I think most evangelicals are just following their pastors, and I think most of us can agree on that. Most evangelicals are unable to do the research necessary to even have a relatively informed opinion about whether what their pastor is teaching is accurately based on the Word of God. Now, they usually like their pastor, they trust him/her, they know that he/she is more educated than they are, and they are willing to listen to him/her. In fact, that's one of the main reasons they're going to church in the first place - to learn. So although evangelical pastors don't have absolute, never-to-be-revoked authority like the Catholic Church claims, in the very least many pastors have an incredibly great amount of influence over their congregants. The church pastors are the ones who are doing the interpreting and are therefore, by the reasoning used against Catholics, the ones who are really in charge. The argument that evangelicals sometimes use against Catholics comes right back at most of them.

Some of the more educated and passionate evangelicals out there will object. They pray over Scripture daily, vigorously study it, and think - perhaps rightly - that they have a decent handle on what Scripture teaches. They are certainly not just following their pastors, they check everything out for themselves.

But is such a position really better? For who then is making the final interpretation for such people? Themselves. They may consult pastors, theologians, books, study aids - but at the end of the day, they make their own final judgment. In fact, many such evangelicals take pride in the fact that they are not slaves to any church authorities, hierarchies, or pastors - that they are their own authority. Again, applying the reasoning used against Catholics, this means that these evangelicals are really just following themselves, not the Word of God.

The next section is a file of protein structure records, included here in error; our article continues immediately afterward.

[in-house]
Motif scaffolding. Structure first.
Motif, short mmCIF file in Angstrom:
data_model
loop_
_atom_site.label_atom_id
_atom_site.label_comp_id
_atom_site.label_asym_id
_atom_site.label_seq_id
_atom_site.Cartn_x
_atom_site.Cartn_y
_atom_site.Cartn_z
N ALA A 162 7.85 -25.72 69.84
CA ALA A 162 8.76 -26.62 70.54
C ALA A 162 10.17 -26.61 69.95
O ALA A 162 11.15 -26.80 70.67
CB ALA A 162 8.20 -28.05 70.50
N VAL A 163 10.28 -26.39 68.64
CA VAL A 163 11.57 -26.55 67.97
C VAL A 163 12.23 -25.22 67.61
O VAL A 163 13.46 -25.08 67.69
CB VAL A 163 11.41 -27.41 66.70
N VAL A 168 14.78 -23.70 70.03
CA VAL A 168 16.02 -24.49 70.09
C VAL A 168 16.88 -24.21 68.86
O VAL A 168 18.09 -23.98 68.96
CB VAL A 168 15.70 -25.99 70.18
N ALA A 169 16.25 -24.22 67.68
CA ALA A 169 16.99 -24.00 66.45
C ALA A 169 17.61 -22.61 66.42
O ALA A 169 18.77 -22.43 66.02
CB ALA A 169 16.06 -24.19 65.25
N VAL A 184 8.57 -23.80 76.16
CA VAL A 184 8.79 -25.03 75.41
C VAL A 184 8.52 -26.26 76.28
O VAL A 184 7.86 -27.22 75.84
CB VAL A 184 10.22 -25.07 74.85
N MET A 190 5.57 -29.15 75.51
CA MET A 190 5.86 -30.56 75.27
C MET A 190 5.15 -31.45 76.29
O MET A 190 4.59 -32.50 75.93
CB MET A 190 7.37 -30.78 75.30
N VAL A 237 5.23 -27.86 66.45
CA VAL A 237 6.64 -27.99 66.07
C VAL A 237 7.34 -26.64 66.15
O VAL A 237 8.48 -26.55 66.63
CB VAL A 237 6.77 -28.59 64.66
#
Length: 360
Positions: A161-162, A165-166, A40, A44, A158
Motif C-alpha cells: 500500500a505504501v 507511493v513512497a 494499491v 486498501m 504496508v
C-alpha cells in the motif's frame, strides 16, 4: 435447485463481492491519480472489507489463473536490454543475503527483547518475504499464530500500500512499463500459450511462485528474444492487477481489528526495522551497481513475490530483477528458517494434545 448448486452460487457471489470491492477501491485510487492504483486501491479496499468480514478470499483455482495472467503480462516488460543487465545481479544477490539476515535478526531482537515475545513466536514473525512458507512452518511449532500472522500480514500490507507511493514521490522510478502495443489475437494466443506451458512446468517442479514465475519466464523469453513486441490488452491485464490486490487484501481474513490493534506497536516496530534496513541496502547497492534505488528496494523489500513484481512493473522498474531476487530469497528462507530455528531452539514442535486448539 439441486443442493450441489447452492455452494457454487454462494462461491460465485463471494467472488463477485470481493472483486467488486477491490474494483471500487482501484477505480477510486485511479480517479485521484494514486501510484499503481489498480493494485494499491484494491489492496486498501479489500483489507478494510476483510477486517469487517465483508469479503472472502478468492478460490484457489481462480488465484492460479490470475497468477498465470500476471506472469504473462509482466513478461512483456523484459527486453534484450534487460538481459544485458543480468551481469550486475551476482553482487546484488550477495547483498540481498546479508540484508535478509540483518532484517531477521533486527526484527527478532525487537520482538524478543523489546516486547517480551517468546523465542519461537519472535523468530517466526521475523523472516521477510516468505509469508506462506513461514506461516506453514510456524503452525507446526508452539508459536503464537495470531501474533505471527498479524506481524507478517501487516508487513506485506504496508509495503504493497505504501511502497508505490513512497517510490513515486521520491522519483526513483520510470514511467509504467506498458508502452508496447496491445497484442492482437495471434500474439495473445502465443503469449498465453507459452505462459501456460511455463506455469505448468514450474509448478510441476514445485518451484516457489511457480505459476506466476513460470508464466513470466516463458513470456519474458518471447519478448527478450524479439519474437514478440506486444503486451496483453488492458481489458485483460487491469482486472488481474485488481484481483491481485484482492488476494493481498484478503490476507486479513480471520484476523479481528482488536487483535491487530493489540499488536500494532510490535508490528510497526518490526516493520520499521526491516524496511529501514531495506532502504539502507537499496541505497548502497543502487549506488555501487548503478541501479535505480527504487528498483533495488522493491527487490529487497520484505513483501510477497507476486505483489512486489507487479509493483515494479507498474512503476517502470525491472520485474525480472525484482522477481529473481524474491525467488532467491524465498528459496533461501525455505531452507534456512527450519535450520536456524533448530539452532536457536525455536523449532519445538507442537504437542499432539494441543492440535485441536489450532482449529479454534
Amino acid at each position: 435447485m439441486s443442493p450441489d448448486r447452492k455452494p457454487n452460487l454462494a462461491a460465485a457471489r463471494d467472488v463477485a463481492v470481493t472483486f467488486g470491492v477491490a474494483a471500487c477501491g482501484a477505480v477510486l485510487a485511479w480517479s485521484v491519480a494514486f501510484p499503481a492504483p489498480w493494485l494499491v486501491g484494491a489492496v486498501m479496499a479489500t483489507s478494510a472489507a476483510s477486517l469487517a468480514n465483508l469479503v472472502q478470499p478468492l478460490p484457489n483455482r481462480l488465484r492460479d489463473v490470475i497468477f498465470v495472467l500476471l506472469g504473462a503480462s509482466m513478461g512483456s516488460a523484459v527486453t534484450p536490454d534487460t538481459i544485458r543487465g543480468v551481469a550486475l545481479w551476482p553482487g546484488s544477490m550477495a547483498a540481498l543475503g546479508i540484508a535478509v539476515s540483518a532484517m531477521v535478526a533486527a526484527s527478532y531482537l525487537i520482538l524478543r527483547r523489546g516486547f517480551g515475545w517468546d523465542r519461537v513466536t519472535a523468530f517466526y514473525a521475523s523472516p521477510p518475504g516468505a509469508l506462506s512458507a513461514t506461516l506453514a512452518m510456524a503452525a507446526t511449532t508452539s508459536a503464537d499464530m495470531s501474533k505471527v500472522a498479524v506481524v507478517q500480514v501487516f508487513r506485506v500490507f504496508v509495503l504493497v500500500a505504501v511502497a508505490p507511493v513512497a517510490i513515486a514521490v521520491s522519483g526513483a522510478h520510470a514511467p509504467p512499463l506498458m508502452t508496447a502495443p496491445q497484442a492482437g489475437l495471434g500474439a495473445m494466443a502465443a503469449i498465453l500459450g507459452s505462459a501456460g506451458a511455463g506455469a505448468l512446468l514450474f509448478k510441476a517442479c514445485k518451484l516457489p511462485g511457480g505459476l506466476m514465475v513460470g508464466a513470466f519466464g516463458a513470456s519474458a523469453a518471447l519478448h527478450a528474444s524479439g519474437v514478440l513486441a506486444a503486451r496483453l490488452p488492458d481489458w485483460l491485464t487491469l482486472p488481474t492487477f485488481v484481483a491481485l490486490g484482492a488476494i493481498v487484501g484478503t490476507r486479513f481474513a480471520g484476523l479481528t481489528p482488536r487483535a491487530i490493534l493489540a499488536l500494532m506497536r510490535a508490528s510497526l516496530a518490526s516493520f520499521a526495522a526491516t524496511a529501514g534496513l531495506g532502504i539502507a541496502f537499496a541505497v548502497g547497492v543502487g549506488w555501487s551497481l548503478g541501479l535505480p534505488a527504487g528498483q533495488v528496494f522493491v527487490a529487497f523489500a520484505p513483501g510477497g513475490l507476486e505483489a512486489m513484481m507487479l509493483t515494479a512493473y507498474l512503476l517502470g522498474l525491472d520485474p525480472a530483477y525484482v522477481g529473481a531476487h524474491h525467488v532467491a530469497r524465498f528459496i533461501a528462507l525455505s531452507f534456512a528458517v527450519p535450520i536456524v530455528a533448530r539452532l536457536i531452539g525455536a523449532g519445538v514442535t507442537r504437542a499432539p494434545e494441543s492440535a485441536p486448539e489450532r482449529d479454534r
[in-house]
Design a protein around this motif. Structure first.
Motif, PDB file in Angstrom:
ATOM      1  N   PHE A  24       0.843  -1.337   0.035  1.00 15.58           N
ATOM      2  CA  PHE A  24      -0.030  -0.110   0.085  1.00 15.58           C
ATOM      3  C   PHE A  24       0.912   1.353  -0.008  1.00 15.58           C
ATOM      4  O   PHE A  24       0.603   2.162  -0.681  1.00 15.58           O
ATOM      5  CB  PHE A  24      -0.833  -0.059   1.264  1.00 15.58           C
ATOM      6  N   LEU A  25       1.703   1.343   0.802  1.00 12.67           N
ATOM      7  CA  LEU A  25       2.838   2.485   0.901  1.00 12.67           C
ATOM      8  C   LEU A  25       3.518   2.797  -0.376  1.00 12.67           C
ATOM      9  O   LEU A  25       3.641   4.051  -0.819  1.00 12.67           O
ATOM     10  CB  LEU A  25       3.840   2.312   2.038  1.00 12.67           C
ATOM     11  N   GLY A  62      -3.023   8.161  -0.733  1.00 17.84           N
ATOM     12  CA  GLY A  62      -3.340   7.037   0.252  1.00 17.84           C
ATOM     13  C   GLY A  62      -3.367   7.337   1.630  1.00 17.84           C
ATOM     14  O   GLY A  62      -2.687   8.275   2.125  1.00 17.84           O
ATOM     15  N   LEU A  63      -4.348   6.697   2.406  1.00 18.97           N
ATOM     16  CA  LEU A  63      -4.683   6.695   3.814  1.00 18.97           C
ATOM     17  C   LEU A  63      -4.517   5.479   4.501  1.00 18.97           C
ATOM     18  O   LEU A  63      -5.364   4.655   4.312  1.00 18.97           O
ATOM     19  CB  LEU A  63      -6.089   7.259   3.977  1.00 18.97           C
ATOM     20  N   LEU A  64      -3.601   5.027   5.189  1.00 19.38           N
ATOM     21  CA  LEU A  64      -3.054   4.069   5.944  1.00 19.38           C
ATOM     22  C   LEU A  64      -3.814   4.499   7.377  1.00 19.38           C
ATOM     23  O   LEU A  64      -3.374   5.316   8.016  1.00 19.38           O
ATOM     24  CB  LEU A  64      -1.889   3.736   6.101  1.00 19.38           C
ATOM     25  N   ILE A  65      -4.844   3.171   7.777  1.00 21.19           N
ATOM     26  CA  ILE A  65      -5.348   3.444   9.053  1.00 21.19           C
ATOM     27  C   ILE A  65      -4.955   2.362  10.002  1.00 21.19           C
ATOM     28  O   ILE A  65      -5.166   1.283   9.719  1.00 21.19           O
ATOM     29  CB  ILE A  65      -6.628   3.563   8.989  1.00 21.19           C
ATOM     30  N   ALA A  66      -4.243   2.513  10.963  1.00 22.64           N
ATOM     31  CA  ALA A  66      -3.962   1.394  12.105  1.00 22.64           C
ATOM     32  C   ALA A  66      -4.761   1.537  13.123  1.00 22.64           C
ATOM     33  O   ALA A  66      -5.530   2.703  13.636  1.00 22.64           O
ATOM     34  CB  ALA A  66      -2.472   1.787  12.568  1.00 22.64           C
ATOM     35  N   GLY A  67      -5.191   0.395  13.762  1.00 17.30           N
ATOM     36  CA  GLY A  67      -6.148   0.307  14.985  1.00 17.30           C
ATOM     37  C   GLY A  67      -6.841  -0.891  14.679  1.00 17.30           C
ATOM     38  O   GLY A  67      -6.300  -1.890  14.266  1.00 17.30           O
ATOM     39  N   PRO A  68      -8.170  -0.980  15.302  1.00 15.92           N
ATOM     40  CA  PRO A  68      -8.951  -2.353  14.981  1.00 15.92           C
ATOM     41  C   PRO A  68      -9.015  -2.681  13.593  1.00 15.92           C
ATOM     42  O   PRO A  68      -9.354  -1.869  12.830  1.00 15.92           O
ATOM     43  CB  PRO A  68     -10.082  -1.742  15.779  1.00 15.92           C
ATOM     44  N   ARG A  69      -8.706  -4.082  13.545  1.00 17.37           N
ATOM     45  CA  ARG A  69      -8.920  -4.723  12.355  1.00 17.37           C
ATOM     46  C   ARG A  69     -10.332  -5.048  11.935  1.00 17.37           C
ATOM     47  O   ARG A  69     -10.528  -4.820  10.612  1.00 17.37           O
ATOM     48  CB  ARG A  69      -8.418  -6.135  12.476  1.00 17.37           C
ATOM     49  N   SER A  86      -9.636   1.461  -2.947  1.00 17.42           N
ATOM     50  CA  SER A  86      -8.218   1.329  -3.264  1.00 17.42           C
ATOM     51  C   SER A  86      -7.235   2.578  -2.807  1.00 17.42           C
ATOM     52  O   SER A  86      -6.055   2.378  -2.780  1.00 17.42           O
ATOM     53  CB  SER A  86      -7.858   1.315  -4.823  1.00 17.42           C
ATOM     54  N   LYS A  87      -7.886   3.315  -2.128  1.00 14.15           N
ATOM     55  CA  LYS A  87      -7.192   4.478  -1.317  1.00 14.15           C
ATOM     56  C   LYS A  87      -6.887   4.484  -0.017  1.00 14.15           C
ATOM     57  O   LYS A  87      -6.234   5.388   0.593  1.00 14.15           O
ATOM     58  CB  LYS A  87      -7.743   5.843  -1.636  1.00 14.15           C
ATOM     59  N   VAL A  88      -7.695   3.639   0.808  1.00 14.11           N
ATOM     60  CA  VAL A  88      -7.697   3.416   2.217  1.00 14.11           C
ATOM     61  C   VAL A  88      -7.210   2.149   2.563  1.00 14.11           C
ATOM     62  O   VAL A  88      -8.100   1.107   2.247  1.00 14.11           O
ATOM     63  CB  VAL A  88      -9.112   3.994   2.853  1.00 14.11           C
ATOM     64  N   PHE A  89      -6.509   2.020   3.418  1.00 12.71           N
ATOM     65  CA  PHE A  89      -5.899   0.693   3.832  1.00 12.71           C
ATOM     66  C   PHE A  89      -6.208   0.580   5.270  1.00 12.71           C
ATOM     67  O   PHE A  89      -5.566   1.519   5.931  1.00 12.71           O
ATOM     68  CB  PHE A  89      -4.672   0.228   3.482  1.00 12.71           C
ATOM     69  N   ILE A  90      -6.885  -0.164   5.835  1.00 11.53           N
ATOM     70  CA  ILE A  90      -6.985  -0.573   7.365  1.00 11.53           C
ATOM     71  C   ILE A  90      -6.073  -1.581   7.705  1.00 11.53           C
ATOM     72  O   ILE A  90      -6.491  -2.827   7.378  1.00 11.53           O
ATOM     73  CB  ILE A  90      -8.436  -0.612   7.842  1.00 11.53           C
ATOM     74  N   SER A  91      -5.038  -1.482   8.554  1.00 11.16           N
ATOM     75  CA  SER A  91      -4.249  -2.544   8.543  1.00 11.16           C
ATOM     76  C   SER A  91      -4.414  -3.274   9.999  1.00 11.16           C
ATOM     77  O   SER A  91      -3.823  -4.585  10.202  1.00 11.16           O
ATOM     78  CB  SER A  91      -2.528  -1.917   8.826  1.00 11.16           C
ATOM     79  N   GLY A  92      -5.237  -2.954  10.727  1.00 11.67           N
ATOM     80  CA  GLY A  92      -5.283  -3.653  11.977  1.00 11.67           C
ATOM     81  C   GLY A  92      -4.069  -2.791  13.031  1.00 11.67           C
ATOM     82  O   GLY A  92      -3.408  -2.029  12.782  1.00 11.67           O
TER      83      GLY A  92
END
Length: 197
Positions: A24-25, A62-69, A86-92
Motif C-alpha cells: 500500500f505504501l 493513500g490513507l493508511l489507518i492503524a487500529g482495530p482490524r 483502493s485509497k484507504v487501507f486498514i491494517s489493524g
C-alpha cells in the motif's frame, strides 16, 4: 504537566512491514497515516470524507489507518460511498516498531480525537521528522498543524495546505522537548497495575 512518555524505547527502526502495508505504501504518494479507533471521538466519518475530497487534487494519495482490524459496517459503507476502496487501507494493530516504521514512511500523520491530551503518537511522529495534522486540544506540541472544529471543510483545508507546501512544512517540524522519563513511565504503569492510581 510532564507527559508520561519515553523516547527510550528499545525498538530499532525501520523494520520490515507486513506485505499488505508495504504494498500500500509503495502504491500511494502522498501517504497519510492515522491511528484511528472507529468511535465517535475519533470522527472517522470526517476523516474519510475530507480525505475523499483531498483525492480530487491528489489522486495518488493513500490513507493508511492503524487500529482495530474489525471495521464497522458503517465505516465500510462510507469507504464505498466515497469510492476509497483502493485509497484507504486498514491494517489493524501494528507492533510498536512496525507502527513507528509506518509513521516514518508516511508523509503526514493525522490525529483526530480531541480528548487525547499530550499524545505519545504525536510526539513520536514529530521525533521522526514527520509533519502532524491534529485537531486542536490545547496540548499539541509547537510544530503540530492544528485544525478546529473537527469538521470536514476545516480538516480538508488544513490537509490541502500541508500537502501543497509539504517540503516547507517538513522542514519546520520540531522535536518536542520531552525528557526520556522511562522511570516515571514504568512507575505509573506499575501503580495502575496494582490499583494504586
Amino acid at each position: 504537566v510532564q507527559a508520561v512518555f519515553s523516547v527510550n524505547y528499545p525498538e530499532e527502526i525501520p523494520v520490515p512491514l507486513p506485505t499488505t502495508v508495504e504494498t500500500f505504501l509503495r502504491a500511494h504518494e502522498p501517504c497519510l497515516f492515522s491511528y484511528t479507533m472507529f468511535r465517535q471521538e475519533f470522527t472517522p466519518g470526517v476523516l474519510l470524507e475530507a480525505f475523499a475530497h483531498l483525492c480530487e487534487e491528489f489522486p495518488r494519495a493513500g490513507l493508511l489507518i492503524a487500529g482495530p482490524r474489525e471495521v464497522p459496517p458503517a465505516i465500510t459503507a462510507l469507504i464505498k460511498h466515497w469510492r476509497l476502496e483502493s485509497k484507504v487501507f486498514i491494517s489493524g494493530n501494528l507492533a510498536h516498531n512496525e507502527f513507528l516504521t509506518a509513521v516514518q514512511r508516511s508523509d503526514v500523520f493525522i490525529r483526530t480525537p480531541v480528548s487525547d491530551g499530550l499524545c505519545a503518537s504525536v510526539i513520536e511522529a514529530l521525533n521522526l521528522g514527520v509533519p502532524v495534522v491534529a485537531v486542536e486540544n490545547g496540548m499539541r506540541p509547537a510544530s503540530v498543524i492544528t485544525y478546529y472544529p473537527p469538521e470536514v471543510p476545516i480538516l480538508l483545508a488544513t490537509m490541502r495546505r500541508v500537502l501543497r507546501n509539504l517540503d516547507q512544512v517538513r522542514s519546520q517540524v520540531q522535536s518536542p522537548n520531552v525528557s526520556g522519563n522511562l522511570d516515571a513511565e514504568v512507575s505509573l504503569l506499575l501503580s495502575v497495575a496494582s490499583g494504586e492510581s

But we have forgotten something: the Holy Spirit! Yes, evangelicals might say that they are not following themselves because they have the Holy Spirit and follow Him.

And that is exactly what the Catholic Church says about its Magisterium! Such evangelicals use the same reasoning to justify themselves as the Catholic Church does, except that the Church is even better: it provides a reason why we should trust the the Magisterium to follow the Holy Spirit accurately - its apostolic authority and succession from Jesus himself, and a history that shows continuity in teaching over a 2000 year period. Individual evangelicals have neither justification. In fact, the innumerable and widely divergent interpretations among individual Christians who are supposedly being led by the same Holy Spirit seems to undeniably point to the fact that unordained individuals attempting to follow the promptings of the Holy Spirit in matters of belief are extremely inaccurate. So in all those cases that evangelicals are not following God (since God cannot contradict himself), they are following someone else, most likely simply themselves.